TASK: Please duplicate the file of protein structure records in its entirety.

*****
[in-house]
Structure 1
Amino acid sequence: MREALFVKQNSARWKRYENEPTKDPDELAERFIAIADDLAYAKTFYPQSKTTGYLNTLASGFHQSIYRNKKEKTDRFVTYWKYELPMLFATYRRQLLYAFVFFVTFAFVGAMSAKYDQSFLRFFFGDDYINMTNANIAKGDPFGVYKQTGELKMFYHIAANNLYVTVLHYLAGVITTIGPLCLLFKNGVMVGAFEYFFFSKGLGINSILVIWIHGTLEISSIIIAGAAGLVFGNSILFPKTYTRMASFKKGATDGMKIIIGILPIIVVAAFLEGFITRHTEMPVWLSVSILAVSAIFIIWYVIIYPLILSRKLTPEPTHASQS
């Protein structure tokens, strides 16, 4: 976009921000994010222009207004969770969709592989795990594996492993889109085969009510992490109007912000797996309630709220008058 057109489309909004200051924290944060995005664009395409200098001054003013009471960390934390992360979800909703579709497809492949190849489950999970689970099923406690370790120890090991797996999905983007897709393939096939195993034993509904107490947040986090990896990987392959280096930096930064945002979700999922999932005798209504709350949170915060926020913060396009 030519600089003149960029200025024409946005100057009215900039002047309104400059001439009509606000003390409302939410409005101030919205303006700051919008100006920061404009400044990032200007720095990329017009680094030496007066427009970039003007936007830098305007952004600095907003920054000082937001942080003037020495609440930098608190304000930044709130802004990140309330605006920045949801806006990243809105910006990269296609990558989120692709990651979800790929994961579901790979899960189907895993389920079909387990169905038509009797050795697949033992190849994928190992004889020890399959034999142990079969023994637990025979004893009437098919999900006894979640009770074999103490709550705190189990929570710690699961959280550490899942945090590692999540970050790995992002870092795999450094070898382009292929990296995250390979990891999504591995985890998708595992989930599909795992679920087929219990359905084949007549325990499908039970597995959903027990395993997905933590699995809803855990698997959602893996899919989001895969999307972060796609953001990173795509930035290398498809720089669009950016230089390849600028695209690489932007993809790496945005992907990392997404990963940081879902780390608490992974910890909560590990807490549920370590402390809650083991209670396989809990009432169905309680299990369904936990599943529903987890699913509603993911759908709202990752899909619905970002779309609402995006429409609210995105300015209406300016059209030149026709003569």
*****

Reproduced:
[in-house]
Structure 1
Amino acid sequence: MREALFVKQNSARWKRYENEPTKDPDELAERFIAIADDLAYAKTFYPQSKTTGYLNTLASGFHQSIYRNKKEKTDRFVTYWKYELPMLFATYRRQLLYAFVFFVTFAFVGAMSAKYDQSFLRFFFGDDYINMTNANIAKGDPFGVYKQTGELKMFYHIAANNLYVTVLHYLAGVITTIGPLCLLFKNGVMVGAFEYFFFSKGLGINSILVIWIHGTLEISSIIIAGAAGLVFGNSILFPKTYTRMASFKKGATDGMKIIIGILPIIVVAAFLEGFITRHTEMPVWLSVSILAVSAIFIIWYVIIYPLILSRKLTPEPTHASQS
């Protein structure tokens, strides 16, 4: 976009921000994010222009207004969770969709592989795990594996492993889109085969009510992490109007912000797996309630709220008058 057109489309909004200051924290944060995005664009395409200098001054003013009471960390934390992360979800909703579709497809492949190849489950999970689970099923406690370790120890090991797996999905983007897709393939096939195993034993509904107490947040986090990896990987392959280096930096930064945002979700999922999932005798209504709350949170915060926020913060396009 030519600089003149960029200025024409946005100057009215900039002047309104400059001439009509606000003390409302939410409005101030919205303006700051919008100006920061404009400044990032200007720095990329017009680094030496007066427009970039003007936007830098305007952004600095907003920054000082937001942080003037020495609440930098608190304000930044709130802004990140309330605006920045949801806006990243809105910006990269296609990558989120692709990651979800790929994961579901790979899960189907895993389920079909387990169905038509009797050795697949033992190849994928190992004889020890399959034999142990079969023994637990025979004893009437098919999900006894979640009770074999103490709550705190189990929570710690699961959280550490899942945090590692999540970050790995992002870092795999450094070898382009292929990296995250390979990891999504591995985890998708595992989930599909795992679920087929219990359905084949007549325990499908039970597995959903027990395993997905933590699995809803855990698997959602893996899919989001895969999307972060796609953001990173795509930035290398498809720089669009950016230089390849600028695209690489932007993809790496945005992907990392997404990963940081879902780390608490992974910890909560590990807490549920370590402390809650083991209670396989809990009432169905309680299990369904936990599943529903987890699913509603993911759908709202990752899909619905970002779309609402995006429409609210995105300015209406300016059209030149026709003569």